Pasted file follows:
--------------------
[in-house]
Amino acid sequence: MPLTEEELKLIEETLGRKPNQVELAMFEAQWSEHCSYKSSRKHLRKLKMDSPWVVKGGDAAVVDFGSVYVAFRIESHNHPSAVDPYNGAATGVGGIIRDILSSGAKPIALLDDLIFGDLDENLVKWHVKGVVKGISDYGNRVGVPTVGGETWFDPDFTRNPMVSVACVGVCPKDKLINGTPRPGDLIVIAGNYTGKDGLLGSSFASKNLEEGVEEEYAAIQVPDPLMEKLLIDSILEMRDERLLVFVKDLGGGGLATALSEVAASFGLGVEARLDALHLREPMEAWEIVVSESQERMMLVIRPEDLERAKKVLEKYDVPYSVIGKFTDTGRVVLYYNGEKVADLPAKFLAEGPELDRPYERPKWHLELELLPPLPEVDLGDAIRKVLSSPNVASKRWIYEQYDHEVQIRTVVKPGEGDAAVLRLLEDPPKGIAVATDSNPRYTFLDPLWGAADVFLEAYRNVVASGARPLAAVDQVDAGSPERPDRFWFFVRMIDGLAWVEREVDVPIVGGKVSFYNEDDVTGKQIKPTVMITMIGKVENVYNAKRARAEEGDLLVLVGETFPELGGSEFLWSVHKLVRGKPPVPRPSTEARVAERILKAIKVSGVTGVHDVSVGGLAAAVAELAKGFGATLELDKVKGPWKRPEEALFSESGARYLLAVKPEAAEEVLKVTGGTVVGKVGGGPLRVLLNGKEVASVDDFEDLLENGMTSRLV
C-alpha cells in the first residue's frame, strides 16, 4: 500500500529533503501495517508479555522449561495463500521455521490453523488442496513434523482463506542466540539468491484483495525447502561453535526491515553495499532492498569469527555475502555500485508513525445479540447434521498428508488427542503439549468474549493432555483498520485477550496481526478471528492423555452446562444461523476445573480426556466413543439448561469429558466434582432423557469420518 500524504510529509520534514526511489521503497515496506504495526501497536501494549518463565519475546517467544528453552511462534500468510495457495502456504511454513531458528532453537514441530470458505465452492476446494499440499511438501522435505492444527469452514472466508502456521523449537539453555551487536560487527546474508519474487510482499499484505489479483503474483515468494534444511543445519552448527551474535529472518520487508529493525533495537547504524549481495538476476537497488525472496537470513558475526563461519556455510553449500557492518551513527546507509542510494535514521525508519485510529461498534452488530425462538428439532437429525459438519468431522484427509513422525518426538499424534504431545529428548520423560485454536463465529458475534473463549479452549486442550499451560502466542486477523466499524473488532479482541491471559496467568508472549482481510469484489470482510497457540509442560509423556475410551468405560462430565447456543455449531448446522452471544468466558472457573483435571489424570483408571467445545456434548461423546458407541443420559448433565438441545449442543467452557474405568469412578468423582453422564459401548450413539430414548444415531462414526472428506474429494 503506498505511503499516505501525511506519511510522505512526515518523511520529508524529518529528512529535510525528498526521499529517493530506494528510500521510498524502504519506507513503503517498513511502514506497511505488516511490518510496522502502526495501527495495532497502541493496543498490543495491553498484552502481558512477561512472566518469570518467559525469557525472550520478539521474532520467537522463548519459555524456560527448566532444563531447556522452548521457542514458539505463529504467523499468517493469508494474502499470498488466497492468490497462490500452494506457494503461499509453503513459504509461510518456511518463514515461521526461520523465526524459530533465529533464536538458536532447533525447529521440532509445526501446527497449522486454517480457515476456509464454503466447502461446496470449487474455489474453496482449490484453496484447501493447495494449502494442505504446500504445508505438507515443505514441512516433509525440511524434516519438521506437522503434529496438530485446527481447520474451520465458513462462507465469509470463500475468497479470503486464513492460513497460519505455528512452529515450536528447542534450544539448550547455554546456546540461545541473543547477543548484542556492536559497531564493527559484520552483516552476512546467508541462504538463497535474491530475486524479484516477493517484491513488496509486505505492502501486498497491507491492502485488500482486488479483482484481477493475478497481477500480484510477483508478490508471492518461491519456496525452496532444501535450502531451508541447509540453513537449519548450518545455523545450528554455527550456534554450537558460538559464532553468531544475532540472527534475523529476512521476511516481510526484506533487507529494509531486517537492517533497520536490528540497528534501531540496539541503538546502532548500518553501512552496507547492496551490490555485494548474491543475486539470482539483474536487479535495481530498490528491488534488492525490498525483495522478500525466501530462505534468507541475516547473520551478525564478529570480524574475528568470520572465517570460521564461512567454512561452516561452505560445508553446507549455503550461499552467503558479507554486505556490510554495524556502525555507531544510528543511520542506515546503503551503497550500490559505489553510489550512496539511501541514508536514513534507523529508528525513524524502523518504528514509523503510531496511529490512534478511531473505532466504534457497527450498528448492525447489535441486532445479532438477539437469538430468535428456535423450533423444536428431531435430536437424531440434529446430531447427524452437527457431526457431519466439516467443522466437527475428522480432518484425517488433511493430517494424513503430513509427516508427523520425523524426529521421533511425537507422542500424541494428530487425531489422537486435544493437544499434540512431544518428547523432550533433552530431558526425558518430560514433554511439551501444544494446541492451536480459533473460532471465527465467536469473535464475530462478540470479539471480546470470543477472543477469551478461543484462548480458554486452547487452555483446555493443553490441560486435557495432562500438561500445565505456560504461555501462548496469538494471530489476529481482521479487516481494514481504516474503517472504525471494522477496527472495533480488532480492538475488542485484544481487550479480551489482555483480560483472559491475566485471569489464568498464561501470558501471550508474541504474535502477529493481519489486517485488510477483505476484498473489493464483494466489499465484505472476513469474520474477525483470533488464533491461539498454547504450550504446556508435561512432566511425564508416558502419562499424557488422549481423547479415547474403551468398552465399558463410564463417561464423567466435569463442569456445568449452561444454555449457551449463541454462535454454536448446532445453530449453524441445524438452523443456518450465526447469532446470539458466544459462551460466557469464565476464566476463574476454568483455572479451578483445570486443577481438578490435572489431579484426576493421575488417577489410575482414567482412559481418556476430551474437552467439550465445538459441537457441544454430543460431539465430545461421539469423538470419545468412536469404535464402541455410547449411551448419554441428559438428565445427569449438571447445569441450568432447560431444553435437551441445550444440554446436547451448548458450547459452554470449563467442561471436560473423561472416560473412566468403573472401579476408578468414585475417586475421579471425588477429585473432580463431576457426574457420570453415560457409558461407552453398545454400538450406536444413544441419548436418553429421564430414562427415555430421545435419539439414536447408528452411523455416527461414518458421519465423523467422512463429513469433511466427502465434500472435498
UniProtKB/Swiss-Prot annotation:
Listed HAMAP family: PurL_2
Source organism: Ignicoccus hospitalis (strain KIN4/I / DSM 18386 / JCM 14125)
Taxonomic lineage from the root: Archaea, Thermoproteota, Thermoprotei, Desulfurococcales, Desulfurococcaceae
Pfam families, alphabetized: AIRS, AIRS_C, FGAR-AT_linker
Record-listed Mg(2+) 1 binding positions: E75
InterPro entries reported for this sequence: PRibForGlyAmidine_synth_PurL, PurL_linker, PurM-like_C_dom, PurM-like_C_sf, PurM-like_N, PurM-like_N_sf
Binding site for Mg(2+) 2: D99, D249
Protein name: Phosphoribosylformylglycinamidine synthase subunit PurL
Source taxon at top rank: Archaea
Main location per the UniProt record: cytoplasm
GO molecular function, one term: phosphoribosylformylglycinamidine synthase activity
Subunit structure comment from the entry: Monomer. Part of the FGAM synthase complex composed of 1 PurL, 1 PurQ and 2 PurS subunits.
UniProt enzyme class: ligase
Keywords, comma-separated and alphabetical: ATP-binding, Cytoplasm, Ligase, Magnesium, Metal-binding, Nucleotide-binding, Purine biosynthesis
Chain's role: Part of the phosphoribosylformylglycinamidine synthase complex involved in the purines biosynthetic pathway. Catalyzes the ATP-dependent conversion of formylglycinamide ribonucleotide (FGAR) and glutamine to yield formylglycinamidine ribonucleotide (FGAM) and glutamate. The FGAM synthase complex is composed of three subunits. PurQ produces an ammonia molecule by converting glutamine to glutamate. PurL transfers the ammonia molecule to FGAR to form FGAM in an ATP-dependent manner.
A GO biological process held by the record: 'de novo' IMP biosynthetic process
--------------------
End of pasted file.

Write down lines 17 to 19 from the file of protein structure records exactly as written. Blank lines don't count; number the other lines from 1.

UniProt enzyme class: ligase
Keywords, comma-separated and alphabetical: ATP-binding, Cytoplasm, Ligase, Magnesium, Metal-binding, Nucleotide-binding, Purine biosynthesis
Chain's role: Part of the phosphoribosylformylglycinamidine synthase complex involved in the purines biosynthetic pathway. Catalyzes the ATP-dependent conversion of formylglycinamide ribonucleotide (FGAR) and glutamine to yield formylglycinamidine ribonucleotide (FGAM) and glutamate. The FGAM synthase complex is composed of three subunits. PurQ produces an ammonia molecule by converting glutamine to glutamate. PurL transfers the ammonia molecule to FGAR to form FGAM in an ATP-dependent manner.